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Islamic Banking in India : Stumbling at the Regulatory Block

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19 August 2009

Islamic banking has been on the rise in the Asia-Pacific region, accounting for 60% of the global Islamic banking market. However, despite its rise in the rest of the region, the penetration of Islamic banking in India has been low. This is especially surprising with India having approximately 154 million Muslims and being the second largest Muslim population of the world. As mentioned in the Celent report Rise of Islamic Banking in the Asia-Pacific Region, this is primarily due to a regulatory block which allows Islamic banking to operate only in the form of a Non-Banking Financial Corporation. An amendment in the Banking Regulation Act of India, 1949 is required to allow the Islamic banking system to operate in banks in India.

The primary reason for the regulation can be mainly attributed to the socio-religious nature of the Indian political scene. This is especially evident in the Raghuram Rajan Committee of Financial Sector Reforms report submitted to the Prime Minister of India last year. Although the report recommended principles based on Islamic banking, the term “Islamic banking” was deliberately replaced by “interest-free banking”. The committee recommended that measures be taken to permit the delivery of interest-free finance on a larger scale, including through the banking system. With this recommendation, the ball is in government’s court and it is up to them to come up with appropriate measures to introduce these products in the Indian banking sector. However, a rebranding of the various Islamic banking products must be done to achieve widespread acceptance and serve its foremost purpose of financial inclusion.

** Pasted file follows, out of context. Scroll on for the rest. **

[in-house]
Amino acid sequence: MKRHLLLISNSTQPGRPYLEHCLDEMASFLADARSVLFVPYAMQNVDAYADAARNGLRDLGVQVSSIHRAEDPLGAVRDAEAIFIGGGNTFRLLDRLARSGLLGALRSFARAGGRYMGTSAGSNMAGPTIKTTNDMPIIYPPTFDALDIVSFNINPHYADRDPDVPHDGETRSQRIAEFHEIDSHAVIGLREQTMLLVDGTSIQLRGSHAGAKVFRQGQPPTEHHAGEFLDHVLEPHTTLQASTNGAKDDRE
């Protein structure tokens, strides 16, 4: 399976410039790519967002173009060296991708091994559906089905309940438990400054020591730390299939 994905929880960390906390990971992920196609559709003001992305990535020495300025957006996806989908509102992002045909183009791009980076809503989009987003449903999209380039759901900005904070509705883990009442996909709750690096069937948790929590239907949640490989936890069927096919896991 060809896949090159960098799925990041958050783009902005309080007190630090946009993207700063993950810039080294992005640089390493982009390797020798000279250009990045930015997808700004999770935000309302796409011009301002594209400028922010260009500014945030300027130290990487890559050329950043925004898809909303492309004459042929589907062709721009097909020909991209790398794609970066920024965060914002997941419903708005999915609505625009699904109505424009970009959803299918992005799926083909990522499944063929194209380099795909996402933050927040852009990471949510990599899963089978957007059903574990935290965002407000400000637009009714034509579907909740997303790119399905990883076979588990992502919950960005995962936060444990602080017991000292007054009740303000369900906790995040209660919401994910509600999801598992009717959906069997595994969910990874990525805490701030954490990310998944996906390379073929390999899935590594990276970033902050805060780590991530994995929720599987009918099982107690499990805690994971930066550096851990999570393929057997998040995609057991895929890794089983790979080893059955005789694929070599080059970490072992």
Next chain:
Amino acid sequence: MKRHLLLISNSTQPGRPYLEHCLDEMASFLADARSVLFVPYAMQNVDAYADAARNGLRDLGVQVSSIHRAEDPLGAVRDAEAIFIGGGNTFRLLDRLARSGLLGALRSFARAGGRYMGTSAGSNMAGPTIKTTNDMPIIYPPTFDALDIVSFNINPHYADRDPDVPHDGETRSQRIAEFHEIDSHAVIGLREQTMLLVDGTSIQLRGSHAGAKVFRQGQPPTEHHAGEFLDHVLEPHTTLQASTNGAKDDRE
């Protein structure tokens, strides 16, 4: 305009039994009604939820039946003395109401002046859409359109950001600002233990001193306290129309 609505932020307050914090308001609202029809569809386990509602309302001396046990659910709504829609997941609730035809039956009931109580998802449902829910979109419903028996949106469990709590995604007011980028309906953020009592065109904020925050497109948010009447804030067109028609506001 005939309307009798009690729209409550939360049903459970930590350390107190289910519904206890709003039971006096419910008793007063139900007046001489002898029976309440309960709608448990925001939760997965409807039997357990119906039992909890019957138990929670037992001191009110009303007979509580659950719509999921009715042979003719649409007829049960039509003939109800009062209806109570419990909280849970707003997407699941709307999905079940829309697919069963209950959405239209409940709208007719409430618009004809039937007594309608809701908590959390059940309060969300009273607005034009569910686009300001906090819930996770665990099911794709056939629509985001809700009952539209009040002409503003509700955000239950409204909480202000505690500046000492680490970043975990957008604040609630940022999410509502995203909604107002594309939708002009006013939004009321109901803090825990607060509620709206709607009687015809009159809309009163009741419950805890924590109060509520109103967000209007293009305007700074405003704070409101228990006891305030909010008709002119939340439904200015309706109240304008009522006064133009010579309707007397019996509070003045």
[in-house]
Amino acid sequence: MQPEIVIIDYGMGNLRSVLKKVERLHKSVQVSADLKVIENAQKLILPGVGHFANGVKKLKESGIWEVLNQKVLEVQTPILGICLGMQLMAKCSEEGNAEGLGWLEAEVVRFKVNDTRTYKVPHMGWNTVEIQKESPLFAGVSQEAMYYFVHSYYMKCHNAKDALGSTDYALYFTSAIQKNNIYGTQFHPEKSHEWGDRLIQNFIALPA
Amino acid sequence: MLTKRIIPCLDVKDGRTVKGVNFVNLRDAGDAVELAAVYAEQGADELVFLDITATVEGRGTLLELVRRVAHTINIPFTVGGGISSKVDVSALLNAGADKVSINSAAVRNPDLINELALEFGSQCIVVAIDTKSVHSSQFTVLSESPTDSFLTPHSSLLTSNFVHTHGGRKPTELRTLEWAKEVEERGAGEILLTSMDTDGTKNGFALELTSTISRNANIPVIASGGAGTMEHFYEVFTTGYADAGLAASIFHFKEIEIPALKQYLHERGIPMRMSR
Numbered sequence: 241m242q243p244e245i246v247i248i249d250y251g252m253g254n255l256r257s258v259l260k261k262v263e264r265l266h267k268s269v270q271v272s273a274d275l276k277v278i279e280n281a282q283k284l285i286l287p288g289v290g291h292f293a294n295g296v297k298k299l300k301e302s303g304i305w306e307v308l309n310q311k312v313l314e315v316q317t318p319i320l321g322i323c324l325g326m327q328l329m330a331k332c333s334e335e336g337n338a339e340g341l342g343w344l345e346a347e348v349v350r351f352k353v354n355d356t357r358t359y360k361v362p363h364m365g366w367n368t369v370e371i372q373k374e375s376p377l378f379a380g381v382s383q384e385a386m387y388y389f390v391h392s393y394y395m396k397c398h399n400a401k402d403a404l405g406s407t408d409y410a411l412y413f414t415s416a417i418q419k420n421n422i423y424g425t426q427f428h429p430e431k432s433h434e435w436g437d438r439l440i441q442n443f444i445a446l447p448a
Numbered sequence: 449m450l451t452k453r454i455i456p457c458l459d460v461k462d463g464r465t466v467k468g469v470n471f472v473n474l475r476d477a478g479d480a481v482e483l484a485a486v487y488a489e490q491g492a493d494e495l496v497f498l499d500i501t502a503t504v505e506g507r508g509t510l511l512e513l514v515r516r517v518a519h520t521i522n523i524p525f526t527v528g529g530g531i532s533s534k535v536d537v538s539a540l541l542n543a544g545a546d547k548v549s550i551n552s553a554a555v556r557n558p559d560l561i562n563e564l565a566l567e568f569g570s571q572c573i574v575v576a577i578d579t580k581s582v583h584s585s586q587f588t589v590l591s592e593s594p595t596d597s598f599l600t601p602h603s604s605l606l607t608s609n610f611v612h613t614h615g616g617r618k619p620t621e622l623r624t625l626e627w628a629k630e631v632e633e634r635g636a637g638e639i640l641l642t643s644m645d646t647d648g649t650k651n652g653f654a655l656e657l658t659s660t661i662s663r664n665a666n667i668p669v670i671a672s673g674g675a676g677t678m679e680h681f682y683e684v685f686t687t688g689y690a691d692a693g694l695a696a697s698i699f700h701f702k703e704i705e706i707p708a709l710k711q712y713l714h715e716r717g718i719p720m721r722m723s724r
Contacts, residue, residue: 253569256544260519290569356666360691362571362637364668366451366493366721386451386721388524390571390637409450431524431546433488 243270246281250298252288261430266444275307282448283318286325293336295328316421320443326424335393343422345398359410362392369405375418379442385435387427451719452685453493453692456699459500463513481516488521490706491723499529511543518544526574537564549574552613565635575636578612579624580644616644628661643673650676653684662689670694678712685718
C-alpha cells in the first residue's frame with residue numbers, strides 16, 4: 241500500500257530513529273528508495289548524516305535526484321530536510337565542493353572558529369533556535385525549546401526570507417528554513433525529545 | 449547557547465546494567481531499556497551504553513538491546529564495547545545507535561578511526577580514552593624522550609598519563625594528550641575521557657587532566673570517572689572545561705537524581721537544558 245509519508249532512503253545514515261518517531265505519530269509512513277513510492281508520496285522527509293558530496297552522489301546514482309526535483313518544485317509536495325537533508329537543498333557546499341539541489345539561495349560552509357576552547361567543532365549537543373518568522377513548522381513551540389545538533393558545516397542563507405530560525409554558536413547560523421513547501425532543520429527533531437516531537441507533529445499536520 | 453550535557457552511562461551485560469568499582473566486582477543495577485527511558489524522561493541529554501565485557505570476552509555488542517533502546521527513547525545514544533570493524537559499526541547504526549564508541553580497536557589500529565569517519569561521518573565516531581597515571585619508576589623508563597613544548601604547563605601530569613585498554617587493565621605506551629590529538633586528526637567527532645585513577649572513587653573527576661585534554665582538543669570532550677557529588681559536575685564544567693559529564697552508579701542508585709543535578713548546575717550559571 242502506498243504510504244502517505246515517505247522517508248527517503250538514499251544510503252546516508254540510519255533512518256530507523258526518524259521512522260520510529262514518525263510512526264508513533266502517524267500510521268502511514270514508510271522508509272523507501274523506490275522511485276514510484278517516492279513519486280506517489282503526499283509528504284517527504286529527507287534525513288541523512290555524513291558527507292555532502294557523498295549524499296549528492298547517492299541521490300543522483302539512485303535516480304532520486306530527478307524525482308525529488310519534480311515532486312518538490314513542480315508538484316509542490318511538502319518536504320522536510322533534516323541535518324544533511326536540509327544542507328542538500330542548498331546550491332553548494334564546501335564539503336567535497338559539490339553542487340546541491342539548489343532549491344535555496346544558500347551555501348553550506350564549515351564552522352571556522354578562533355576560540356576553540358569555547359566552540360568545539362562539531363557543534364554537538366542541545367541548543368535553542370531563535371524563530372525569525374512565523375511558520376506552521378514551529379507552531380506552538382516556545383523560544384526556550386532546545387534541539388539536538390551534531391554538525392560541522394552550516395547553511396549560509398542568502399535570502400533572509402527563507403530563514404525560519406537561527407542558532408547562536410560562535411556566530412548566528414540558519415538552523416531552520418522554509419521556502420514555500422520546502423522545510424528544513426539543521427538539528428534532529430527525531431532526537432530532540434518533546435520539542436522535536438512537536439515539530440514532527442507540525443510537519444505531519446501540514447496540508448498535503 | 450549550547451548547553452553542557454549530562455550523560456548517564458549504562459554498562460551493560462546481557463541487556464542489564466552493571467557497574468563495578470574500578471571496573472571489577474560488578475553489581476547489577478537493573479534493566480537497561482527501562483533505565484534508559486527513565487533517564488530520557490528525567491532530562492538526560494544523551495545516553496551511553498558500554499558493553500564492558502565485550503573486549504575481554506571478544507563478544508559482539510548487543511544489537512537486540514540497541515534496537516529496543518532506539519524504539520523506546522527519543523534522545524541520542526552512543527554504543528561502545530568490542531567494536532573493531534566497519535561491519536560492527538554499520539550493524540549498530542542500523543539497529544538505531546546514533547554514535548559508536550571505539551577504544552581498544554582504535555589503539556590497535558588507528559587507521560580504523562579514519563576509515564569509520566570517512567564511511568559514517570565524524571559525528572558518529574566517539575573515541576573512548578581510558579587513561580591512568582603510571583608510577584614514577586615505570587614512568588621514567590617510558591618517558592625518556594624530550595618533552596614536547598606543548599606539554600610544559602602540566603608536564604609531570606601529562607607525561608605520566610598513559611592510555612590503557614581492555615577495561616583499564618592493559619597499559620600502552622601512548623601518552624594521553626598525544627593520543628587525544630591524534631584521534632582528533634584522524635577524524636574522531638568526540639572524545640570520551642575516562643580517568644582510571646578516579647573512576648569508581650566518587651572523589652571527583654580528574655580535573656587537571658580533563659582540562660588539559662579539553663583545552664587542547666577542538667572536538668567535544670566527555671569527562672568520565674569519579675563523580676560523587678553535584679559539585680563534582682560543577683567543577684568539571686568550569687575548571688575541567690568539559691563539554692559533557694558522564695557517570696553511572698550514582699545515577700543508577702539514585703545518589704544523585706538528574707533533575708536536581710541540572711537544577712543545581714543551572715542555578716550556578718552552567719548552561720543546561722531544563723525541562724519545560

In addition to the regulations, some experts feel that the infrastructure for Islamic banking is not yet in place and steps must be taken in that regard. In fact, last week, Kerala State Industrial Development Corporation (KSIDC) announced setting up India’s first interest-free financial institution along Islamic banking principles in Kerala. It is beyond doubt that there exists a huge potential for Islamic banking in India. But, it will take strong policy decisions to tap the same.

Comments

  • congratulations Mr Rajesh for your excellent article on Interest-free Banking in India Please furnish me the copy of the Celent report on the rise of IB in Asia-Pacific region.
    I am the GS of ICIF-Indian Centre for Islamic Finance, New Delhi as well as the convener, National committee on Islamic banking and interested to know more about you and the activities of Celent particularly Celent-how can it help to promote the concept of IB in Our great country.Please mail more material on IB in secular and modern countries with reference to India

  • thank you Mr Rajesh, there are somebody says that islamic banking system is not possible in our country india, why they are saying this, i am trying to do adeep work on "the scope of islamic banking in india" can you help me in this work?

  • Thanks Rajesh please give us more information about islamic banking(interest free banking)

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Blogs
Geographic Focus
Asia-Pacific, EMEA, LATAM, North America